Envelopes! That's where that lost in-between time went! And dinner, of course. And maybe an e-mail or two. Only 300 more envelopes to go, 200 tomorrow night when I am not busy, and 100 on Thursday before or after ringing.

Well, I think that's enough writing from me, a bit less than yesterday but still quite a lot!

Bonne nuit à tous xxx

Monday, July 17, 2006

First Day

I have returned, safe and sound, from my first day of work. Well, I say 'work', but I don't really mean that. I think I used more energy in cycling there and back than I did in working.

So, this morning I was up at 7 (well, 7:30 after pressing the snooze a couple of times...), feeling not very hungry due to odd nervous pangs in my stomach. Nibbled at some breakfast, then on the bike and off to work. Grandad cycled with me today as I've never done the route before, or indeed even seen anywhere on the route before. It was a very hilly route but that can't be helped- it does make me appreciate how flat Cheltenham is though!

Well, as we were going, I was looking out for road names, shop names and landmarks to guide me home again, and I managed to have the whole route fixed in my head... except for the last-but-one turning which I didn't pay attention to. That makes a rather large difference later in the story.

At the office I met the people with whom I would be working for the day (and shook many hands). I was given my own computer with my own comfortable swivel chair, and spent about 20 minutes reading through the company's website. They were then going to give me a circuit wiring diagram to update on a CAD package, but unfortunately nobody had any ideas where the original copies were. They spent a good couple of hours phoning back and forth trying to find them (the one guy who might know where they were was at the Farnborough Air Show and had no signal on his mobile) but alas, no luck. So instead they gave me the work that was planned for Friday to do today instead.

That consisted of reading through a 30 page long document, a user guide for one of their products. The product rights, including things like copyright, were originally owned by two companies, Stirling Dynamics (where I was working) and another whose name I cannot remember. Then something happened, to be honest I have no idea what, and the rights are now owned exclusively by SD. Basically I had to remove all trace of this other company from the document, eg. logos, addresses, initials in the header etc. Nothing difficult, just about 45 minutes of checking through.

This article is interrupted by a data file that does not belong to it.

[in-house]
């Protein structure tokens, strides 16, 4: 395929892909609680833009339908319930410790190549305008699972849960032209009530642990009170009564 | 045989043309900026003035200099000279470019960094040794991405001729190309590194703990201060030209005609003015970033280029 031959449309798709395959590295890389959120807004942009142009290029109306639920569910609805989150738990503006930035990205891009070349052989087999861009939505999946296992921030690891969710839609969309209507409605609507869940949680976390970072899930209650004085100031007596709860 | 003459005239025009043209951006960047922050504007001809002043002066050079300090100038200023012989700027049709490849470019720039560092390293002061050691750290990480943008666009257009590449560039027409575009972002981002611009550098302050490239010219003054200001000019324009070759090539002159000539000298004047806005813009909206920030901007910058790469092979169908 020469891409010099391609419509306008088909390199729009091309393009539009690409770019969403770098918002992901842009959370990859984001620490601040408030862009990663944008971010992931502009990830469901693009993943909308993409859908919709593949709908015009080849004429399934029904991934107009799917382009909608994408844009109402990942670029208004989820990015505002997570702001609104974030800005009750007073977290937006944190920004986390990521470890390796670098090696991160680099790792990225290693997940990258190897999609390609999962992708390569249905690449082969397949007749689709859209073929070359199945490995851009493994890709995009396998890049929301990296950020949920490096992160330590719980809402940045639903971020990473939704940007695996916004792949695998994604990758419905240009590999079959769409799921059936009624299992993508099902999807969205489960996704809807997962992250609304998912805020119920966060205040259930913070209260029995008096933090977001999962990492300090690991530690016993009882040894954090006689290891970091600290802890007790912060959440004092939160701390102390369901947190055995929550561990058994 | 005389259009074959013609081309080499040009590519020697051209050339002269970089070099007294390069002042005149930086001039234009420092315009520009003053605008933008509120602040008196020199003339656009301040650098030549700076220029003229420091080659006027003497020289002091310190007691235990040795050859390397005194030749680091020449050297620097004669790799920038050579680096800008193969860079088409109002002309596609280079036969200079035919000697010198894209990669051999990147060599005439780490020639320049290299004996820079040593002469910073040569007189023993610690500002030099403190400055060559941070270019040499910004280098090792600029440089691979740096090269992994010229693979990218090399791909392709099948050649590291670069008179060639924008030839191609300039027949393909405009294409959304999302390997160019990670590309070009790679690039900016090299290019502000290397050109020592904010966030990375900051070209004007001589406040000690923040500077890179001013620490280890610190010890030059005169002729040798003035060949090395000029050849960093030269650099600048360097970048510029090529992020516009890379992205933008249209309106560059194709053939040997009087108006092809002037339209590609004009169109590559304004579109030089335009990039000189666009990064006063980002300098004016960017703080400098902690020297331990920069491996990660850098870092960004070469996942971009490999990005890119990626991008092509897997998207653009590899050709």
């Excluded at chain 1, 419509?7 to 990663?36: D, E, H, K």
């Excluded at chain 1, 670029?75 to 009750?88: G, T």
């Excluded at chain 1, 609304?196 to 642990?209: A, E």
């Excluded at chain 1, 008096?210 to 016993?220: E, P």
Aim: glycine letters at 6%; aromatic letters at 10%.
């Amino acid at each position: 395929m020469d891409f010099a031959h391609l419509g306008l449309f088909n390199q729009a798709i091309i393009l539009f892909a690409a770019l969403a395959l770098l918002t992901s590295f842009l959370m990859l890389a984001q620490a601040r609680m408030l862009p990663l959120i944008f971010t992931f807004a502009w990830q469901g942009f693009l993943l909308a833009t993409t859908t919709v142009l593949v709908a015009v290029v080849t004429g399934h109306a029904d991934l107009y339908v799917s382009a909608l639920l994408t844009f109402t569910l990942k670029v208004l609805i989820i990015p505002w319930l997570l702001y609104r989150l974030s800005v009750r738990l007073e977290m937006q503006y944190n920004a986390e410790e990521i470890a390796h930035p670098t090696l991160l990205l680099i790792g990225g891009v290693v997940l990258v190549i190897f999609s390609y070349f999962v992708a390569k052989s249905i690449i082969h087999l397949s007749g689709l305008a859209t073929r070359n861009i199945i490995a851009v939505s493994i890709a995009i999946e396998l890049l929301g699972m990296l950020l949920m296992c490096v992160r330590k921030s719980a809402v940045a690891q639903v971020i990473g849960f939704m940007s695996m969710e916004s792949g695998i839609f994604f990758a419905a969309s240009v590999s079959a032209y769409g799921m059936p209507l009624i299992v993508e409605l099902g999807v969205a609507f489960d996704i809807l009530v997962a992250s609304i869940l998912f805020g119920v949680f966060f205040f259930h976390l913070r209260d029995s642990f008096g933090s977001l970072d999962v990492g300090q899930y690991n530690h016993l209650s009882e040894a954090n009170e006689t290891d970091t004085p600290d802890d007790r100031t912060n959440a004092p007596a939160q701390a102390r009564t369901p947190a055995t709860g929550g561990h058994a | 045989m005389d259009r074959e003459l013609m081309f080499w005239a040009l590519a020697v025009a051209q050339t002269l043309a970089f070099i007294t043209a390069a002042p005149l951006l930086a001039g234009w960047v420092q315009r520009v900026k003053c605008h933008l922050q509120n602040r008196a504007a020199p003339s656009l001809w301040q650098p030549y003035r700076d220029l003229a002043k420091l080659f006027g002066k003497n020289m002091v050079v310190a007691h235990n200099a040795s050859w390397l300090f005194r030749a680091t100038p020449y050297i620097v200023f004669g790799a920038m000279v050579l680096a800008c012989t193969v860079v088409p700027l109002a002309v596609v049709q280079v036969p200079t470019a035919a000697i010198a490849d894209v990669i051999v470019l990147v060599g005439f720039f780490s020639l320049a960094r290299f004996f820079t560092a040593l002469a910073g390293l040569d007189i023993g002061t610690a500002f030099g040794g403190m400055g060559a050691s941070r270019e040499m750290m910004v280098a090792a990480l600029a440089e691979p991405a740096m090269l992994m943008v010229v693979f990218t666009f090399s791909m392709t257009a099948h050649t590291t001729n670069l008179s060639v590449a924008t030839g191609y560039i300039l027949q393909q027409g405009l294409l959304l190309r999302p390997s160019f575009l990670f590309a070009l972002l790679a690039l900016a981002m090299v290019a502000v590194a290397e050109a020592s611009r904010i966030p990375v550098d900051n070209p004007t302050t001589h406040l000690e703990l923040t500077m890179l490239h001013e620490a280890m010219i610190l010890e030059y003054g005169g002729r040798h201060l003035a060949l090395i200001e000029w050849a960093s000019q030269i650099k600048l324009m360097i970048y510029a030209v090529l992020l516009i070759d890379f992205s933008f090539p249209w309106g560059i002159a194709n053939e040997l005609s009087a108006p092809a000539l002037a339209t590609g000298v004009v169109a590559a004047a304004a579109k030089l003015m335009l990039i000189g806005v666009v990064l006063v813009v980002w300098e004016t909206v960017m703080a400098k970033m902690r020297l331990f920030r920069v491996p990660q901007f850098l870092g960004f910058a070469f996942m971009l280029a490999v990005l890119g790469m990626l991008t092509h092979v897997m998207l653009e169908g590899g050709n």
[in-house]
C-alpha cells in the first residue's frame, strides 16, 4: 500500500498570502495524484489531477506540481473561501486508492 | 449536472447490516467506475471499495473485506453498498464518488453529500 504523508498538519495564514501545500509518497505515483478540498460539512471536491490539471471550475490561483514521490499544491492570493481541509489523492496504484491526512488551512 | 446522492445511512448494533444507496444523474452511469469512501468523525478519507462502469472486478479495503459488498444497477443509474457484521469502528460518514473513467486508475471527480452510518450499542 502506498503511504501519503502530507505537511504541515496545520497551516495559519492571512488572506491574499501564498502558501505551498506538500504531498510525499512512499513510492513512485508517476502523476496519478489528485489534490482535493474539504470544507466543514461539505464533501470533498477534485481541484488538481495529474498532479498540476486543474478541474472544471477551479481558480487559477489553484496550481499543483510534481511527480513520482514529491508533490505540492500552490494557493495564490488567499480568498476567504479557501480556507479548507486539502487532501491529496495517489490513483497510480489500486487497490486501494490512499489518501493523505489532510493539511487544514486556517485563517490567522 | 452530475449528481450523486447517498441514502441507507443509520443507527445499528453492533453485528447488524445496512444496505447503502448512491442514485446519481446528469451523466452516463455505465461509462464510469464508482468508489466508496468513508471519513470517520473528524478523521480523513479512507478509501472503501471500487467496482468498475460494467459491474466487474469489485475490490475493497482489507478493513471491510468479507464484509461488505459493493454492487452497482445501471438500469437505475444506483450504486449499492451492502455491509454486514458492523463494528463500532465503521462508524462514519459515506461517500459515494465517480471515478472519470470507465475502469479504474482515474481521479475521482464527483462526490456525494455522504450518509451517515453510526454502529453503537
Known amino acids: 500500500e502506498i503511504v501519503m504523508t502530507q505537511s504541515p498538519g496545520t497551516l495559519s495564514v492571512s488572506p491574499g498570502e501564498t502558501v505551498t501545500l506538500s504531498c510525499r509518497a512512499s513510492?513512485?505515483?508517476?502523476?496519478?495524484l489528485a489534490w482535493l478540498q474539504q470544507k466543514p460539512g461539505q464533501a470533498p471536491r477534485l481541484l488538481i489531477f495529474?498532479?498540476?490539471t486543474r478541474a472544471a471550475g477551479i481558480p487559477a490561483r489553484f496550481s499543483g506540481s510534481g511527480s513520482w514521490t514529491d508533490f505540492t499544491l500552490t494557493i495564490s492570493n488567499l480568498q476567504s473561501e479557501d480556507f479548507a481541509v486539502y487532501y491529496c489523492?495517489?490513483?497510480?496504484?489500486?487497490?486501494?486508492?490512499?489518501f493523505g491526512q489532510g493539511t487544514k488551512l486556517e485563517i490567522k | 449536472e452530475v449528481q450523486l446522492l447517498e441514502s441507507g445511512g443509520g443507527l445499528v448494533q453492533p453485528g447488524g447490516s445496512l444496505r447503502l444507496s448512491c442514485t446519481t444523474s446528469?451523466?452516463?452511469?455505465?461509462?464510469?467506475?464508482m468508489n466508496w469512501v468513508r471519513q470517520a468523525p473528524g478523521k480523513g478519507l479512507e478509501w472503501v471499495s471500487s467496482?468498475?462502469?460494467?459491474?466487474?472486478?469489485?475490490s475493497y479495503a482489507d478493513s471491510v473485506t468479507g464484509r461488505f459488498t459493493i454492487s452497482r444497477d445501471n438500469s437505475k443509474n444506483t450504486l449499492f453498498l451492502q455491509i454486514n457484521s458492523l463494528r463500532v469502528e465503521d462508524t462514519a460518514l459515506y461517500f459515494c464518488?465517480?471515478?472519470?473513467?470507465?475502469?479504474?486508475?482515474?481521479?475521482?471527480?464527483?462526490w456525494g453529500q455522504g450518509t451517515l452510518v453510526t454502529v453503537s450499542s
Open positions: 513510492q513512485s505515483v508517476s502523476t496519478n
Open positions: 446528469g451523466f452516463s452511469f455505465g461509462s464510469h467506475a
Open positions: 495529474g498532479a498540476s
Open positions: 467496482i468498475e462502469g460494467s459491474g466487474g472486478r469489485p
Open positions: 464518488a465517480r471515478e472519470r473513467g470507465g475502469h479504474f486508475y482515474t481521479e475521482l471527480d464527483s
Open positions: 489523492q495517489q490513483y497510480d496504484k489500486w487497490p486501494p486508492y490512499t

After that, they were stuck. I walked to Sainsbury's (which had air conditioning, what a blessing!) and bought lunch- a sandwich, two drinks and a large bag of mixed fruit to last me through the week, hopefully. The rest of the day (about 4-5 hours) was spent eating through my lunch slowly, playing tantrix online and e-mailing people. Well, ok, it was a bit more interesting than that- I got to listen in on a conference call (on speakerphone) between the department I was in and another one, discussing which metal to use for a product casing. Stainless steel 343 or 393 or 348 or something like that... all the people talking seemed to know the exact properties of each type of stainless steel... I suppose it is relevant to their job. Someone suggested titanium, everyone laughed, then a bit later they realised it wasn't such a bad suggestion after all.

I also spent quite a while being nosy and reading things over people's shoulders- looking at all of their incredibly complicated designs for things (slightly more advanced than the cuboid-box-with-two-switches that's common in schools), but they were too busy working to be disturbed so I didn't really know what the products were.

At about 4:45 I was playing a game of tantrix when Chris, the man in charge of the department, came and said I was free to go when I wanted, and he was sorry that they couldn't find the papers. I finished my game and left, after thanking relevant people...

Cycling back was a bit different to cycling there. For one thing, going there was overall downhill, so obviously it was the reverse on the return. Also, I got lost. As I said, I didn't pay attention to the penultimate turning so I couldn't find that one from the main road. This led to me cycling in circles around an area I'd never seen or heard of before, and wondering why all the roads had the same name before realising that, wait, it's the same road...